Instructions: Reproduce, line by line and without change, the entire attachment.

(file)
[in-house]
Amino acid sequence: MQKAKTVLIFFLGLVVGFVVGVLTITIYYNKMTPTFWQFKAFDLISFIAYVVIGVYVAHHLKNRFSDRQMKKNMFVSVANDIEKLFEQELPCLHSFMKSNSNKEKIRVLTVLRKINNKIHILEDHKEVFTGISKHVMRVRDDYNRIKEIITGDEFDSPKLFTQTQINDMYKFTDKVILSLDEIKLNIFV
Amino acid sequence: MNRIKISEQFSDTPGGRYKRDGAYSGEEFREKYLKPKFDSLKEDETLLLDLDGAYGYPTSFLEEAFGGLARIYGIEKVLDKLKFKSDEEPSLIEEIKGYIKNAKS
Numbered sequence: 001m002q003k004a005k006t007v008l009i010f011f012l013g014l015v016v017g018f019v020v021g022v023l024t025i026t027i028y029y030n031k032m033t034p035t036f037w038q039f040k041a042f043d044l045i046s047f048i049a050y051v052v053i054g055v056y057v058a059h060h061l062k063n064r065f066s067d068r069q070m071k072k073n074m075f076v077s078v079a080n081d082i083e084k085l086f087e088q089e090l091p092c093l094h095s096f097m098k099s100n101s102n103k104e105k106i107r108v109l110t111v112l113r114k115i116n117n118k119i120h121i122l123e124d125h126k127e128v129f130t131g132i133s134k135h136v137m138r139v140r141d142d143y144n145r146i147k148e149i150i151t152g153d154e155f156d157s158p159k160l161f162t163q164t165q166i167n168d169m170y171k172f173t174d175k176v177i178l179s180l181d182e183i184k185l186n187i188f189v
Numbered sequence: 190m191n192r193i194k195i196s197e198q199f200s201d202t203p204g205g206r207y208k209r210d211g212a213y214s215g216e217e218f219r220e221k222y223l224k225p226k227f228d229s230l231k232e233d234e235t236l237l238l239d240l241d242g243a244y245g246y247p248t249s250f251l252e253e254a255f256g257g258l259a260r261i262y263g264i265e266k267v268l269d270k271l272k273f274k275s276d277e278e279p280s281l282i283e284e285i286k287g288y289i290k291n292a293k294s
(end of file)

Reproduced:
[in-house]
Amino acid sequence: MQKAKTVLIFFLGLVVGFVVGVLTITIYYNKMTPTFWQFKAFDLISFIAYVVIGVYVAHHLKNRFSDRQMKKNMFVSVANDIEKLFEQELPCLHSFMKSNSNKEKIRVLTVLRKINNKIHILEDHKEVFTGISKHVMRVRDDYNRIKEIITGDEFDSPKLFTQTQINDMYKFTDKVILSLDEIKLNIFV
Amino acid sequence: MNRIKISEQFSDTPGGRYKRDGAYSGEEFREKYLKPKFDSLKEDETLLLDLDGAYGYPTSFLEEAFGGLARIYGIEKVLDKLKFKSDEEPSLIEEIKGYIKNAKS
Numbered sequence: 001m002q003k004a005k006t007v008l009i010f011f012l013g014l015v016v017g018f019v020v021g022v023l024t025i026t027i028y029y030n031k032m033t034p035t036f037w038q039f040k041a042f043d044l045i046s047f048i049a050y051v052v053i054g055v056y057v058a059h060h061l062k063n064r065f066s067d068r069q070m071k072k073n074m075f076v077s078v079a080n081d082i083e084k085l086f087e088q089e090l091p092c093l094h095s096f097m098k099s100n101s102n103k104e105k106i107r108v109l110t111v112l113r114k115i116n117n118k119i120h121i122l123e124d125h126k127e128v129f130t131g132i133s134k135h136v137m138r139v140r141d142d143y144n145r146i147k148e149i150i151t152g153d154e155f156d157s158p159k160l161f162t163q164t165q166i167n168d169m170y171k172f173t174d175k176v177i178l179s180l181d182e183i184k185l186n187i188f189v
Numbered sequence: 190m191n192r193i194k195i196s197e198q199f200s201d202t203p204g205g206r207y208k209r210d211g212a213y214s215g216e217e218f219r220e221k222y223l224k225p226k227f228d229s230l231k232e233d234e235t236l237l238l239d240l241d242g243a244y245g246y247p248t249s250f251l252e253e254a255f256g257g258l259a260r261i262y263g264i265e266k267v268l269d270k271l272k273f274k275s276d277e278e279p280s281l282i283e284e285i286k287g288y289i290k291n292a293k294s